Statement of the Coalition for Equality on the Transphobic Violence against Miranda Paghava

The Coalition for Equality issues this statement in response to the act of violence motivated by transphibic hate against a transgender woman, Miranda Paghava [1], and urges the law enforcement authorities to take operative and effective actions in response to the incident.

According to Miranda Paghava, on January 28, during the period between 4am-5am, a stranger assaulted her and abused her physically and verbally outside Vake Park. As a result, she sustained bodily injuries including a wound on her face. According to Miranda Paghava, the assailant used language of transphobic hate. She states that she asked by-passers including private security service officers for help but they refused to call an ambulance or police for her.

Transphobic prejudice in the society – negative attitudes towards transgender people manifested through hatred, disgust and aggression – is especially widespread in Georgia [2] and because of it transgender people are especially vulnerable towards violent crimes and they face barriers to access to justice.

According to the Ministry of Internal Affairs of Georgia, investigation into the incident was launched under Article 126 of the Criminal Code of Georgia (“battery or other type of violence that resulted in the victim’s physical pain”). We believe that such qualification does not adequately reflect gravity of the crime and the psychological and physical damage sustained by the victim, on account of special vulnerability and exclusion of transgender women unlike any other group of the society. The action perpetrated against Miranda Paghava can be qualified under para.1 of Article 1443 of the Criminal Code of Georgia – “Degrading or coercing a person, or exposing a person to inhuman, degrading or humiliating conditions as a result of which s/he suffers severe physical, mental pain or moral suffering”. The primary object of legal protection against the crime envisaged by art.126 of the Code is an individual’s health while art.1443 protects both physical and mental health of an individual, as well as his/her dignity and honor.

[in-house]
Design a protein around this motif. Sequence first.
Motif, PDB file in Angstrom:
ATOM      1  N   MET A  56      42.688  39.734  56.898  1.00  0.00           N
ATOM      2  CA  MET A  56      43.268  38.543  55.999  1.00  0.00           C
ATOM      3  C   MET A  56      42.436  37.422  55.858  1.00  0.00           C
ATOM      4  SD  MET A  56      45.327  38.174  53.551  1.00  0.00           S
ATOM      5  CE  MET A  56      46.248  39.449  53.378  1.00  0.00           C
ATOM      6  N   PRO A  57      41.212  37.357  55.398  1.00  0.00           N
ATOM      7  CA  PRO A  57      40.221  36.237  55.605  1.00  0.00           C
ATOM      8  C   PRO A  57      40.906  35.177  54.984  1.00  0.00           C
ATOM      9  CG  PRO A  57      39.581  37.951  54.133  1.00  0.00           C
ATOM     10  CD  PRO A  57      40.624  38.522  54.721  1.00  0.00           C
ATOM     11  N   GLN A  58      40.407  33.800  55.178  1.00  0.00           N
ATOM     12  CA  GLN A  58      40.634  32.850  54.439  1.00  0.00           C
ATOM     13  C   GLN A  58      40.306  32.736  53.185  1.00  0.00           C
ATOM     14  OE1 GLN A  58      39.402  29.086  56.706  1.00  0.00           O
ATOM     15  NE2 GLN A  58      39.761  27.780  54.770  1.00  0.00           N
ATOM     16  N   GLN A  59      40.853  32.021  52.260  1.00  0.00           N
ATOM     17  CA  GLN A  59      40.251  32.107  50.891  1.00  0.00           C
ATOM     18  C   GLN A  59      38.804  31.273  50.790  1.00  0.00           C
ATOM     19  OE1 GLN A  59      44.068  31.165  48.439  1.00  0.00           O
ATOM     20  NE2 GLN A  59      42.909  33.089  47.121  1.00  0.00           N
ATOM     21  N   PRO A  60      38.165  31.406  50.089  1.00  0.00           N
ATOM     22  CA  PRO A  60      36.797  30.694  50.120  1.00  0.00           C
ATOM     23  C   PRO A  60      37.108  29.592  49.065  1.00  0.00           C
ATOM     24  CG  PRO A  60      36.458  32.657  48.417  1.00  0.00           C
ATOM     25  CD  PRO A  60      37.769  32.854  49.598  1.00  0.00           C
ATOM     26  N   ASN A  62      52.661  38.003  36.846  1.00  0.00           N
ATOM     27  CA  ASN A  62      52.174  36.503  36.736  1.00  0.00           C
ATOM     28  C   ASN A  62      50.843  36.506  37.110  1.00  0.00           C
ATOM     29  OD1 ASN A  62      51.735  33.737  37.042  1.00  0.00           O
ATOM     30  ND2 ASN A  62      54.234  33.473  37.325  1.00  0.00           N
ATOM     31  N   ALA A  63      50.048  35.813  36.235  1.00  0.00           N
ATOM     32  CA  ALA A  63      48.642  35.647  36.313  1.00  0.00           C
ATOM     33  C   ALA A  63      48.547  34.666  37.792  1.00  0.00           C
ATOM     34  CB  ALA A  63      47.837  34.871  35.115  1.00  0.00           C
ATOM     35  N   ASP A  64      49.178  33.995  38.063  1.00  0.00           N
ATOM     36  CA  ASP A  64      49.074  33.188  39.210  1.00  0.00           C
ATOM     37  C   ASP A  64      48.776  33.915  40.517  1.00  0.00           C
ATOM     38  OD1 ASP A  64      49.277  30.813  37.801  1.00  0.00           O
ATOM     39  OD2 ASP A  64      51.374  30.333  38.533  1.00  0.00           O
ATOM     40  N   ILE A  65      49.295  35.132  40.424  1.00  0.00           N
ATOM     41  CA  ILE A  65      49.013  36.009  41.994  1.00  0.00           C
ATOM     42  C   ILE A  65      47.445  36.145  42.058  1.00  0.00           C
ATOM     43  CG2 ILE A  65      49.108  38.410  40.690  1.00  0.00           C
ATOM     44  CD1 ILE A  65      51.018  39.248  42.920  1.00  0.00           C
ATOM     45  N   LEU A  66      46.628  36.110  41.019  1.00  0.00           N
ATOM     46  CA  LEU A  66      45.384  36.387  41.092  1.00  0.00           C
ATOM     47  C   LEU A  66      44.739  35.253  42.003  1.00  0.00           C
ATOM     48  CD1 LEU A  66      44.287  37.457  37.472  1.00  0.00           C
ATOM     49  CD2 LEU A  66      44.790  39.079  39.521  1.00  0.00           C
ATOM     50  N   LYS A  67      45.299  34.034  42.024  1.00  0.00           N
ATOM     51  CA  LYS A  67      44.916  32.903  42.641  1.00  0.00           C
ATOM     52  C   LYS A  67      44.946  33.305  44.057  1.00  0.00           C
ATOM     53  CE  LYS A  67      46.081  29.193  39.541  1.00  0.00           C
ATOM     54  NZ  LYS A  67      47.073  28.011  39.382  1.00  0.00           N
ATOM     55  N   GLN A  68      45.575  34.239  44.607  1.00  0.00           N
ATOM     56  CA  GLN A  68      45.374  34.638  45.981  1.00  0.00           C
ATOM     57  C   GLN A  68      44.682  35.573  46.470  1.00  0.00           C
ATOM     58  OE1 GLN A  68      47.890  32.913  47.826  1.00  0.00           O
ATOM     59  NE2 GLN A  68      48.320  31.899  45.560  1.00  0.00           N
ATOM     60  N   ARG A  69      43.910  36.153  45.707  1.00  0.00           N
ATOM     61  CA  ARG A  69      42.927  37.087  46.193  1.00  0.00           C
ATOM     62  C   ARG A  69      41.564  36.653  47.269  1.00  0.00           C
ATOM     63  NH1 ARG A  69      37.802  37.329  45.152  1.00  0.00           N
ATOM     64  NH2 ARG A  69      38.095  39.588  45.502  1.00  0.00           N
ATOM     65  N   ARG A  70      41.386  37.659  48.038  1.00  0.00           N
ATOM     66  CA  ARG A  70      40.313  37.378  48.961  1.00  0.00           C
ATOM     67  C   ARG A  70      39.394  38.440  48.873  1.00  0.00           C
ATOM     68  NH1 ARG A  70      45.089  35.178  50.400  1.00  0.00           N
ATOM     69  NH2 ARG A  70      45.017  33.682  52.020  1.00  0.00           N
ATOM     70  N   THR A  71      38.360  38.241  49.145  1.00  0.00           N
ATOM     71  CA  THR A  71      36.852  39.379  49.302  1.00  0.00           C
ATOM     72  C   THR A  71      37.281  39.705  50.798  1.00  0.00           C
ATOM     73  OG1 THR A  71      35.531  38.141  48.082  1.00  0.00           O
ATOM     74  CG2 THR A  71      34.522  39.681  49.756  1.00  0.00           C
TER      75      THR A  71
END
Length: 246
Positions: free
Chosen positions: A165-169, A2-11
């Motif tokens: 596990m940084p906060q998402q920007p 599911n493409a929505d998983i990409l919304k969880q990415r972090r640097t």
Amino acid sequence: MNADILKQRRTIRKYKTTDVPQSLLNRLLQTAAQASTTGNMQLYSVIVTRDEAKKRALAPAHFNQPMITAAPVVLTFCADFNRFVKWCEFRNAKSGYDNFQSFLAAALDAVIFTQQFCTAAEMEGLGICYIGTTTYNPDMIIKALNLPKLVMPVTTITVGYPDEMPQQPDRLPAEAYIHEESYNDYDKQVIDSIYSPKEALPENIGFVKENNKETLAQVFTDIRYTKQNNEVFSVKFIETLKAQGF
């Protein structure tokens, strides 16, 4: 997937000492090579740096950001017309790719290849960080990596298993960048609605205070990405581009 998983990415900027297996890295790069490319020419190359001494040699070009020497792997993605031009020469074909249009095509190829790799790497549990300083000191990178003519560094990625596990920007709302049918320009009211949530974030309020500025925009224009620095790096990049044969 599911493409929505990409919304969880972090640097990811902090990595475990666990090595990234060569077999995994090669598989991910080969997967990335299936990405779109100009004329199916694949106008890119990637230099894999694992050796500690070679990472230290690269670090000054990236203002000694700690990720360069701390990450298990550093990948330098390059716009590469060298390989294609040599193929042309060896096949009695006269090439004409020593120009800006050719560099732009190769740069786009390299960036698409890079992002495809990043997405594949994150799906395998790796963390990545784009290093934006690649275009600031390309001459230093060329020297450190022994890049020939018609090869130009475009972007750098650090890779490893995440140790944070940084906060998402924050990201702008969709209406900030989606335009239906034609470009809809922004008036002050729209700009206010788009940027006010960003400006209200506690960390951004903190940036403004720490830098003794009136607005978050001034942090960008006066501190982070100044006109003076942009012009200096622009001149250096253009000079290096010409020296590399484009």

In addition, Miranda Paghava’s request for a restraining order to protect her against violence was denied.[3] The case is currently under investigation.

We believe that examining the motive of tranphobic case according to the European Court’s jurisprudence is essential in the crime perpetrated against Miranda Paghava.[4] Examining the discriminatory motive in certain cases is important for implementing effective anti-discrimination policy in Georgia, identifying root causes of hate crimes [5] and preventing them.

In light of the foregoing, the Coalition urges the Ministry of Internal Affairs and the Office of the General prosecutor to:

- take all adequate measures for recovering evidence that proves the motive of transphobic hate and qualify the crime based on its gravity;

- recognize Miranda Paghava as a victim and identify suspect in a timely manner;

- take measures to protect the victim if the court does not order imprisonment against the defendant as a restraining measure;

- develop a single strategy for combating crimes motivated by homophobic and transphobic hate, with the aim of responding to such crimes and combating and preventing their root causes; 


The Coalition for Equality – the Coalition for Equality is an informal association of eight nongovernmental organizations established in 2014 with support of the Open Society – Georgia Foundation.

The Coalition brings together the following nongovernmental organizations: Open Society – Georgia Foundation, Human Rights Education and Monitoring Center (EMC), Article 42 of the Constitution, Sapari Union, Georgian Young Lawyers’ Association, Women’s Initiatives Support Group, Partnership for Human Rights and Identoba.


[1] See the article of Liberali, dated 28 Jan 2018:

[2] See the survey performed by WISG in 2016 “From Prejudice to Equality”, E.Aghdgomelashvili, available at:

[3] Because absolute majority of transgender women do not have access to costly medical procedures, their gender is not legally recognized in identification documents, so they do not enjoy access to mechanisms for protection from violence on equal basis to other women.

 [4] See: Identoba and others v. Georgia, no. 73235/12, 12.05.2015; Nachova and Others v Bulgaria, no. [GC] - 43577/98 and 43579/98 6.7.2005 [GC].

[5] See: Identoba and others v. Georgia, no. 73235/12, 12.05.2015

ჯ. კახიძის #15, თბილისი, საქართველო, 0102 ; ტელ: (995 32) 95 23 53; ფაქსი: (995 32) 92 32 11; ელ-ფოსტა:;
15, J. Kakhidze str. 0102, Tbilisi, Georgia. Tel: (995 32) 95 23 53; Fax: (995 32) 92 32 11; E-mail:;